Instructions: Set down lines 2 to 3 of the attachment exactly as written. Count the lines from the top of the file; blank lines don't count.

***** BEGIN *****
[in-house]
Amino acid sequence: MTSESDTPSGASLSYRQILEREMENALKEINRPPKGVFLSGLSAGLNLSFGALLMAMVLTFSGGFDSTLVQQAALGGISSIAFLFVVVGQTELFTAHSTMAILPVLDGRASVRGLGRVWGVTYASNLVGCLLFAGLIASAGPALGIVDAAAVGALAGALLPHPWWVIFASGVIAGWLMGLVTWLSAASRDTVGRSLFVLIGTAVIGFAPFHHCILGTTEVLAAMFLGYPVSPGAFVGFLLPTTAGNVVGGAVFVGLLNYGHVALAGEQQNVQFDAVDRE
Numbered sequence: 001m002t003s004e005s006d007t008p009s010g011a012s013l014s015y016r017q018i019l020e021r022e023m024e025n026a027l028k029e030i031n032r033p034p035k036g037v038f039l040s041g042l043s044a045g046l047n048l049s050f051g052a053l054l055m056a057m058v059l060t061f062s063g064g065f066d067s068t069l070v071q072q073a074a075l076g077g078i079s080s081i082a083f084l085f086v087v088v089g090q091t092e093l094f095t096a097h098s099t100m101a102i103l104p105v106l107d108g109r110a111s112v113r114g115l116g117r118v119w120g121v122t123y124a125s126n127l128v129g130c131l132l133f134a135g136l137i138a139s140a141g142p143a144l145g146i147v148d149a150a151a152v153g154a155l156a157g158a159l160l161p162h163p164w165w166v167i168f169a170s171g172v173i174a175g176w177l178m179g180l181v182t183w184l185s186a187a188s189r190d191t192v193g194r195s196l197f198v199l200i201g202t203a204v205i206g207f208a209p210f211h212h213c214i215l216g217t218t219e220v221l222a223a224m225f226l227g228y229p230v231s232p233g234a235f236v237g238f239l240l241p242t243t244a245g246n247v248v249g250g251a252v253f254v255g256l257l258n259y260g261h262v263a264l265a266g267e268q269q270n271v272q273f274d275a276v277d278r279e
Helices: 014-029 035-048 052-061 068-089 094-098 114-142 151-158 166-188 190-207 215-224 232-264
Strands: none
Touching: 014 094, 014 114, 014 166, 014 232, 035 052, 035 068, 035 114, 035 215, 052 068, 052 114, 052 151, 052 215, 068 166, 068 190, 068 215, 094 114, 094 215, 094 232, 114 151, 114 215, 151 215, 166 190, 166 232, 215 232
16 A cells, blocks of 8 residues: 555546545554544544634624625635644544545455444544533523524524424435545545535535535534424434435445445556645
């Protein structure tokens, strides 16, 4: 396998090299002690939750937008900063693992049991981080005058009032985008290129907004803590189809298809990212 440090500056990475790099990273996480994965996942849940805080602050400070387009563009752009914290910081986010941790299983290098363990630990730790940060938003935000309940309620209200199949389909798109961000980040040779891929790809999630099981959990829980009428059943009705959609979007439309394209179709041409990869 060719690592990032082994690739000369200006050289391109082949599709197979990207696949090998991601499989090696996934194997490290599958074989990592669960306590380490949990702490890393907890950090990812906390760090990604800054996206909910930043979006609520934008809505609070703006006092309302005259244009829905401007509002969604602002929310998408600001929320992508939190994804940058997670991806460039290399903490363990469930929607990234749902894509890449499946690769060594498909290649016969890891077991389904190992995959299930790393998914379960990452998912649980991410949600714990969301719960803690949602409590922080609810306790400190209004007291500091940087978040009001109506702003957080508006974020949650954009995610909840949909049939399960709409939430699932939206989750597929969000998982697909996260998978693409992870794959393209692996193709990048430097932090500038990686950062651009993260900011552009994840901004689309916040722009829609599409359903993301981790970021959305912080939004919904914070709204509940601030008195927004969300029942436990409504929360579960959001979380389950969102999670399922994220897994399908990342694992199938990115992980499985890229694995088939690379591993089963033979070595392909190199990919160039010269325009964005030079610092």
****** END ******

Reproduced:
Amino acid sequence: MTSESDTPSGASLSYRQILEREMENALKEINRPPKGVFLSGLSAGLNLSFGALLMAMVLTFSGGFDSTLVQQAALGGISSIAFLFVVVGQTELFTAHSTMAILPVLDGRASVRGLGRVWGVTYASNLVGCLLFAGLIASAGPALGIVDAAAVGALAGALLPHPWWVIFASGVIAGWLMGLVTWLSAASRDTVGRSLFVLIGTAVIGFAPFHHCILGTTEVLAAMFLGYPVSPGAFVGFLLPTTAGNVVGGAVFVGLLNYGHVALAGEQQNVQFDAVDRE
Numbered sequence: 001m002t003s004e005s006d007t008p009s010g011a012s013l014s015y016r017q018i019l020e021r022e023m024e025n026a027l028k029e030i031n032r033p034p035k036g037v038f039l040s041g042l043s044a045g046l047n048l049s050f051g052a053l054l055m056a057m058v059l060t061f062s063g064g065f066d067s068t069l070v071q072q073a074a075l076g077g078i079s080s081i082a083f084l085f086v087v088v089g090q091t092e093l094f095t096a097h098s099t100m101a102i103l104p105v106l107d108g109r110a111s112v113r114g115l116g117r118v119w120g121v122t123y124a125s126n127l128v129g130c131l132l133f134a135g136l137i138a139s140a141g142p143a144l145g146i147v148d149a150a151a152v153g154a155l156a157g158a159l160l161p162h163p164w165w166v167i168f169a170s171g172v173i174a175g176w177l178m179g180l181v182t183w184l185s186a187a188s189r190d191t192v193g194r195s196l197f198v199l200i201g202t203a204v205i206g207f208a209p210f211h212h213c214i215l216g217t218t219e220v221l222a223a224m225f226l227g228y229p230v231s232p233g234a235f236v237g238f239l240l241p242t243t244a245g246n247v248v249g250g251a252v253f254v255g256l257l258n259y260g261h262v263a264l265a266g267e268q269q270n271v272q273f274d275a276v277d278r279e